Other officers took me to a room with an orange curtain functioning as door, followed by a search in three different ways. A sound caused by the button on my jeans caused confusion, so I had to drop my pants to my ankles, after which the scene repeated itself. Subsequently, my bags were thoroughly inspected for three hours. My carry-on suitcase was held back because of “suspicious content”, even though the officer had already emptied it and put all my belongings on display. After completing a form that was taped onto the suitcase, they assured me the special machine used to scan the suitcase would probably work fast enough for me to be able to take it back with me on my flight the next day. I haven’t seen it since.

This was the moment desperation struck, and I realized I would be in this situation for at least twelve more hours. Every object – packed only two days prior – was investigated with a plastic metal detector, all my electronics went into another room, presumably through a metal detector. I had to provide the password of my laptop. As it was not allowed back into my handbag, it was put into a box. I was taken back to the waiting area for a short while until an armored car encased in iron bars drove me to a complex outside the airport grounds. I had to leave all my belongings in a room, except my wallet, which I was allowed to take with me into the cold cell where I would spend the next sixteen hours. The cell was spacious enough for ten people, but the Peruvian lady and I were the only ones in it. We sat on the plastic-coated mattresses and looked at each other. The tears in the eyes of the Peruvian woman triggered my own. There we were, in a cell with bars and bunk beds as if we were criminals, while all we wanted was to enter Palestine.

Luckily by that time I was so tired I spent most of the time in the cell sleeping, only awakened by the Peruvian woman leaving, the coming and going of two giggling Russians, and a meal being brought into my room – dry El Al sandwiches, tea and water. At last my name was bawled at me from the door opening. I jumped up to get back home. A minivan took me to the airport, right up to the plane. When almost everyone had boarded, I was taken to the plane by side stairs. Again I waited, being eyed suspiciously by remaining passengers. My passport was handed to the pilot, and my guard wished me a pleasant journey. When I had taken my seat, I heard a stewardess say to her colleagues that the guard had stood at the cabin door until it was locked.

Thankfully my hours as a “criminal” were over, my desire to go to Palestine unbroken. I applied for a new passport, and decided to go to the Israeli embassy after having tried to reach them in vain. A waste of time: I was not admitted to the building because I had no appointment. After somebody finally answered the embassy phone and I was able to make an appointment, I gathered all the necessary documents and set off to the building in The Hague with newfangled hope. The woman behind the glass-shielded desk treated me kindly. Nonetheless she told me she could not provide me with a visa, but I would not encounter any problems entering Israel. She proceeded to say that my internship organization should apply for a visa at the Israeli Ministry of Internal Affairs and expressed her belief that it was the least they could do for me, after all I had already endured for the unpaid internship. The organization, however, told me it could only apply if I was in Israel, believing that this time I should succeed.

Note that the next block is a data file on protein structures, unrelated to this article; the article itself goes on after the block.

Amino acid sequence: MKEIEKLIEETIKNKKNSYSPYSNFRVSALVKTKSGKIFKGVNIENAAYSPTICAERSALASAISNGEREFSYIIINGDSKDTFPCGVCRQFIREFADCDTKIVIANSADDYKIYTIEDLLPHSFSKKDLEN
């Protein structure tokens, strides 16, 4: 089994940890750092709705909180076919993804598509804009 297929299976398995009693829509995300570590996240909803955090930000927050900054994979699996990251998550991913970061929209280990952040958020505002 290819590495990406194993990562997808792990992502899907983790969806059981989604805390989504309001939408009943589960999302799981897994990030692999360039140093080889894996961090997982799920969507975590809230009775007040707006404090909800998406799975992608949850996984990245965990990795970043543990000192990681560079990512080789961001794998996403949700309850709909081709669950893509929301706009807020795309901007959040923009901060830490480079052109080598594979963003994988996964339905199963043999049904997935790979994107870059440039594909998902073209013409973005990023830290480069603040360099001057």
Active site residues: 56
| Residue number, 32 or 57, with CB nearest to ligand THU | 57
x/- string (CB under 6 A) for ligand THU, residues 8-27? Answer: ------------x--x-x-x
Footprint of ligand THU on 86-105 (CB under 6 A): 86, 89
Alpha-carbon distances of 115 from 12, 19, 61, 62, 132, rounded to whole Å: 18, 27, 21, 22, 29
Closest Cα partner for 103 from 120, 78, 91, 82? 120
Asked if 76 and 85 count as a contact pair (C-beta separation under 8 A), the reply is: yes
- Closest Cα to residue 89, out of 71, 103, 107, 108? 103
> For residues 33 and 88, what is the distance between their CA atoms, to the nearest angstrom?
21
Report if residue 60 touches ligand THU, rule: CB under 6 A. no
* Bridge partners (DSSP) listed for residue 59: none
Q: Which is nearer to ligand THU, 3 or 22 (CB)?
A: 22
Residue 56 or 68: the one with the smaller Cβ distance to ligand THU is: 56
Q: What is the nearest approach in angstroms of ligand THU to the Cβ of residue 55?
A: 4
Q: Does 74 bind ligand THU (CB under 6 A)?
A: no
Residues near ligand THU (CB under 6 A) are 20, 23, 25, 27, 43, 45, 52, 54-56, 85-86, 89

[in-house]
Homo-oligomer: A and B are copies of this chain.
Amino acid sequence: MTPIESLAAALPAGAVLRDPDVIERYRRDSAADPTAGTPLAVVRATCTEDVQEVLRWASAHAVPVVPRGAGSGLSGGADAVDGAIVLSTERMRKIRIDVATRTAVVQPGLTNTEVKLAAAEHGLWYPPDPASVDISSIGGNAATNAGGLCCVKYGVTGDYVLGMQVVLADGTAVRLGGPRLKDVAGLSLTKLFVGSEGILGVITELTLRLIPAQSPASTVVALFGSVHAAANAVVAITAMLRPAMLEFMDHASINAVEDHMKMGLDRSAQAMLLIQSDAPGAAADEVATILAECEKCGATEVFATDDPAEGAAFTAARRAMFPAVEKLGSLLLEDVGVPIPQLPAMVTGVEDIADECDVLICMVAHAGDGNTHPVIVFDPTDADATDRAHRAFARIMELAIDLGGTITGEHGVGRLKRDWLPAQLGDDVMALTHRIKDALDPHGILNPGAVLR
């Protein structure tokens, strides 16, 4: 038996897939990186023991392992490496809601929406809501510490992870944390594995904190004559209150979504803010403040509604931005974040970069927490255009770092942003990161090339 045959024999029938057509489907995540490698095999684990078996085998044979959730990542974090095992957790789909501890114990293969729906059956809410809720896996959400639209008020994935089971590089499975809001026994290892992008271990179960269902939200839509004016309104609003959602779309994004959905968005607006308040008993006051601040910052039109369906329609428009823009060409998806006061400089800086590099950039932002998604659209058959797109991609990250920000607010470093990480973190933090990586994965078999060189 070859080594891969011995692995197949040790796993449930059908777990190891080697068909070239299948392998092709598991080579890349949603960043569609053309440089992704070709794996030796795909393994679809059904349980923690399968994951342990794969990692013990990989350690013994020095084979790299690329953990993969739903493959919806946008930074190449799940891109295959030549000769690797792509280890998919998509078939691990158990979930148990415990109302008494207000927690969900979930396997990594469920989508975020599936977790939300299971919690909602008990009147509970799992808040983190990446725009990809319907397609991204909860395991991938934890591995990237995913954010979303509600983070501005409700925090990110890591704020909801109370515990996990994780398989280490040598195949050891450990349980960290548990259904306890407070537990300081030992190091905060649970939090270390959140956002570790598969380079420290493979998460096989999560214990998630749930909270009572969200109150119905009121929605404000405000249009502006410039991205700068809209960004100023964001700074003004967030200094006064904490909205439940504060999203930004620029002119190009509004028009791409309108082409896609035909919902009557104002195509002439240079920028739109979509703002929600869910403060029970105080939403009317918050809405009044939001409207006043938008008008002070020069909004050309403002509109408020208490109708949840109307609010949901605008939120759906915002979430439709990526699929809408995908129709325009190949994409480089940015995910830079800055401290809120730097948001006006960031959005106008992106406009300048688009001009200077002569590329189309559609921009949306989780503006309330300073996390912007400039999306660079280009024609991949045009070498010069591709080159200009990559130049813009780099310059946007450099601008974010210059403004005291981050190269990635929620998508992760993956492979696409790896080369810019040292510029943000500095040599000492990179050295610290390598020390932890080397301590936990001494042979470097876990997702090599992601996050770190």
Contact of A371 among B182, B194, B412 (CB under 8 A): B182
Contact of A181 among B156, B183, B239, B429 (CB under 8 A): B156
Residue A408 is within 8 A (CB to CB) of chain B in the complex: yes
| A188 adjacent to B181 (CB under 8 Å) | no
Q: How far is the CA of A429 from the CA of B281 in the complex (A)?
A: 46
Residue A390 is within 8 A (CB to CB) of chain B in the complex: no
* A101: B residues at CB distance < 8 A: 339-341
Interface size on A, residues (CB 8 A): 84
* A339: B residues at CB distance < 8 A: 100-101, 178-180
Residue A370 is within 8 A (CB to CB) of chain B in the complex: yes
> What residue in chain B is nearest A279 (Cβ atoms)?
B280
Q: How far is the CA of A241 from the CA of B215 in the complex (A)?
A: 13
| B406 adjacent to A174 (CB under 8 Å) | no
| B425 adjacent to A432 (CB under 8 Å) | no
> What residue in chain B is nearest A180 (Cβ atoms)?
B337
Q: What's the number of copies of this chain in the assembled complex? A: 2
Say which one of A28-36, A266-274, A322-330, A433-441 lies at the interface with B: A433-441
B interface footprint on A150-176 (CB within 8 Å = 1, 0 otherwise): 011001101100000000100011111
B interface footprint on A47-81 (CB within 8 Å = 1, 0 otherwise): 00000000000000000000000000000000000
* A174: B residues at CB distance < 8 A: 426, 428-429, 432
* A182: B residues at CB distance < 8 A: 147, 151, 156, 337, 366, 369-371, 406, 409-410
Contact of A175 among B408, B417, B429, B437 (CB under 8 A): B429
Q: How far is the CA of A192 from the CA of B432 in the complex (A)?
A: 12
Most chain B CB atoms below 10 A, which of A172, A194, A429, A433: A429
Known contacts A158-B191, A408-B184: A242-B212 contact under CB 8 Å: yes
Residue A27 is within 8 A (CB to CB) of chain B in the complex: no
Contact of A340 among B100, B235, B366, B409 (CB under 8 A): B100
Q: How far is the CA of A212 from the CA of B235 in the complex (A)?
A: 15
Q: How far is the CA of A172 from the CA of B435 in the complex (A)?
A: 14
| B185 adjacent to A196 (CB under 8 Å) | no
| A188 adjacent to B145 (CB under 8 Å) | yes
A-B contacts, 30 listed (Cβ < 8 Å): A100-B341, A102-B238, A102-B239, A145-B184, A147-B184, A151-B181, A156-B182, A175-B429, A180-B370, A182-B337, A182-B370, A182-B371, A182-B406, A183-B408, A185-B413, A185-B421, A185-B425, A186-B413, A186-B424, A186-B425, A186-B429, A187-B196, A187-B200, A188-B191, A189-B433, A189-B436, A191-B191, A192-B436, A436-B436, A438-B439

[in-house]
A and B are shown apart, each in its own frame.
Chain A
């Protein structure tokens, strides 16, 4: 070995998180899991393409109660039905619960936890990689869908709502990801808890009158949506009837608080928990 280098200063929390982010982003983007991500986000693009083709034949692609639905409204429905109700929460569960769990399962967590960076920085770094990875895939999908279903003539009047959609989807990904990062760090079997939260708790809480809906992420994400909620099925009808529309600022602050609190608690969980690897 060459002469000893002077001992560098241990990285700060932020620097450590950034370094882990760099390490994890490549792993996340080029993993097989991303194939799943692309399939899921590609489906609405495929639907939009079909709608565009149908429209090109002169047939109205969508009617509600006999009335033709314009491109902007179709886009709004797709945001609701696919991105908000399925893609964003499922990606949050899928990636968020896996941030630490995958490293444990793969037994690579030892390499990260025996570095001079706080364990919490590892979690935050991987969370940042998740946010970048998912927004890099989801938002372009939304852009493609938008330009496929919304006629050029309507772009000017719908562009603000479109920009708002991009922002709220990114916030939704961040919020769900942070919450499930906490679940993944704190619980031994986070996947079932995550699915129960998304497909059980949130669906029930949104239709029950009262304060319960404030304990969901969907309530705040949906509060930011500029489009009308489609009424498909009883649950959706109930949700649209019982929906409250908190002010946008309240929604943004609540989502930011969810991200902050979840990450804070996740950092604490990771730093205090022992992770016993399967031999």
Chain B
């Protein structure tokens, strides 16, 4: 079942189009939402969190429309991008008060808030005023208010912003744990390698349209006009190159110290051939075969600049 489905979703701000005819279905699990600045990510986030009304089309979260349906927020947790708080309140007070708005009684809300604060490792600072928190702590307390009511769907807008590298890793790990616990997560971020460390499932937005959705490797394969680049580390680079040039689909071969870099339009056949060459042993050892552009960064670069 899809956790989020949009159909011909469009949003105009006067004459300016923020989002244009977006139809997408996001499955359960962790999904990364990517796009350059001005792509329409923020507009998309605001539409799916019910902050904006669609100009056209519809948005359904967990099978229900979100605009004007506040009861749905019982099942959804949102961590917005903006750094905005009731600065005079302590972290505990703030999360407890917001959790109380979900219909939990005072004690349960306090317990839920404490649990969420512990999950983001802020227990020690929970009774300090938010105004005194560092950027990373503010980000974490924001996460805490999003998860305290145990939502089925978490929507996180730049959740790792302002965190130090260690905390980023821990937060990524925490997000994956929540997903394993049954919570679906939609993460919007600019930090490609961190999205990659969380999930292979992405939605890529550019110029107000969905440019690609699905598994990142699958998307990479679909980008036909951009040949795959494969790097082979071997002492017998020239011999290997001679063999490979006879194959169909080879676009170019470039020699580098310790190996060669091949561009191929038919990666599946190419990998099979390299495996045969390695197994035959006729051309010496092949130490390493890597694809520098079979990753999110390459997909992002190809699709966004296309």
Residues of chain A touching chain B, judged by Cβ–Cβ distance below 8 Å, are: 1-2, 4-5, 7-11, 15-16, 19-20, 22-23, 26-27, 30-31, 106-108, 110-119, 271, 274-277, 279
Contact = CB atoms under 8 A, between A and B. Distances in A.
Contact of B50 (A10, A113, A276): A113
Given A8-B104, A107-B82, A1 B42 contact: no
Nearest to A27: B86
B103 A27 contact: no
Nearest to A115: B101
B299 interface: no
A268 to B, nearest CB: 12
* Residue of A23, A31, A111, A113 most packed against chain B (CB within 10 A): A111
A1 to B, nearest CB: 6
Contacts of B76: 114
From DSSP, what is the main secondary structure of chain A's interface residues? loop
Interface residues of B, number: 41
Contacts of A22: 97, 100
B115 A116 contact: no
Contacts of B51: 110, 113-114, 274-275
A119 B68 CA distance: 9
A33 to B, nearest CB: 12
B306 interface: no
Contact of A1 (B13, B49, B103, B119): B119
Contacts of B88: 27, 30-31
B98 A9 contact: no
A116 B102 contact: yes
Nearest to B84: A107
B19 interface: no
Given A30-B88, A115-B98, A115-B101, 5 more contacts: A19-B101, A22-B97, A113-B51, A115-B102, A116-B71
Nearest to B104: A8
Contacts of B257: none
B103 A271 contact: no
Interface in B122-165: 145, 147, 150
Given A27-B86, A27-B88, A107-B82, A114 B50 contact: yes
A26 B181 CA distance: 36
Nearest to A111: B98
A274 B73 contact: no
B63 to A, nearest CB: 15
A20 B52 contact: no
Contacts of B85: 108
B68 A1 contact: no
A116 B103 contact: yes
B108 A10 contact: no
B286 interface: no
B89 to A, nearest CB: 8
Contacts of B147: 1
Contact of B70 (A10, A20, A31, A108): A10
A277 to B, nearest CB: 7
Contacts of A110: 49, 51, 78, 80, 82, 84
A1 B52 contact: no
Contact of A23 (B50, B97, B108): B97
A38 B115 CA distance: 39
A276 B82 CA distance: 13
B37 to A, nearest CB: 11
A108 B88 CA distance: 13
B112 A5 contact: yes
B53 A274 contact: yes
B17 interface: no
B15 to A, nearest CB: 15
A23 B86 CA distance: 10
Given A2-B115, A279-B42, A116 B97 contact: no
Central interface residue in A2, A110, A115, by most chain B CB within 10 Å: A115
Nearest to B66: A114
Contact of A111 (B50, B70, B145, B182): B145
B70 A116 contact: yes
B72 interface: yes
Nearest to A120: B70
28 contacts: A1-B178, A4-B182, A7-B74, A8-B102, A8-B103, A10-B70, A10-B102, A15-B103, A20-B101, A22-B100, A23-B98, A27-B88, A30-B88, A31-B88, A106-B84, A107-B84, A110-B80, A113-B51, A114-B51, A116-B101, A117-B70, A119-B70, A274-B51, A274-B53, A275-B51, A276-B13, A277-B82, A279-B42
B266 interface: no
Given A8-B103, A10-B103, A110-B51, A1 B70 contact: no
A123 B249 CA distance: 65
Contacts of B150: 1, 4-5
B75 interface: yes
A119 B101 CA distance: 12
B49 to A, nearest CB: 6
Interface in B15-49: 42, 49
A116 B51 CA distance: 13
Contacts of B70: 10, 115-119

So, exactly three months after my first denial, I set off on the road from Amman, Jordan to the Allenby / King Hussein Bridge. On the Israeli side I was once more told to wait, not surprisingly. What did surprise me was that after a long wait, a fierce, short lady called my name and asked why I came, to which I replied I was coming for an internship. After some wrangling about why in Bethlehem, this woman told me I was banned from Israel for ten years. My jaw dropped in surprise. I said I was never informed of that, which I was told was a lie. While walking to her office she snapped at me that I was facing some long and tough hours before I would be sent back to Jordan, yet told me to cooperate with the questioning. Logically, this confused me, but the official said there was a chance to be allowed in, if I cooperated.

Again I had to write down names of people I knew and my email addresses. Furthermore I had to hand over my phone for inspection. I sincerely hoped others would not get in trouble because of this, but the small glimmer of hope that the woman had given me led me (to my great regret) to obey. The outcome, of course, did not change; I was sent back to Jordan across the King Hussein Bridge I had traversed only hours earlier.

I had hoped to find a balanced view on the conflict based on my own experiences with both populations in Palestine. That chance was taken from me, and the experience of being treated like a criminal brought me closer to the Palestinians and their cause. It has also given me a new life motto, an adaptation of the cliché, “What does not kill me makes me stronger”, namely: “Those who deny me, fortify me.”

– Lidwien Wijchers is a Dutch/Czech student in the Netherlands, with a Bachelor’s degree in Islam and Arabic, currently doing her Master’s degree in Conflicts, Territories, and Identities at the Radboud University Nijmegen. She was going to do an internship in Bethlehem with an environmental organization, which she is now doing in Amman, Jordan. She contributed this article to PalestineChronicle.com.

1 Comment

  1. I am so so sorry. The same thing happened to me. The ridiculous questions which serve no purpose but to humiliate and waste time.
    My dreams were snatched from me. I was offered a job to teach in Bethlehem University and before that I taught at 2 others. A 4 month contract. It wasn’t too much to ask for was it?
    And what right do they have to hand our passports to cabin crew or drivers?

    I doubt you can flush it down the toilet or throw it out the window. And immigration at the other end have your details.
    Could they not at least have the courtesy to inform us that it will be given to someone esle and why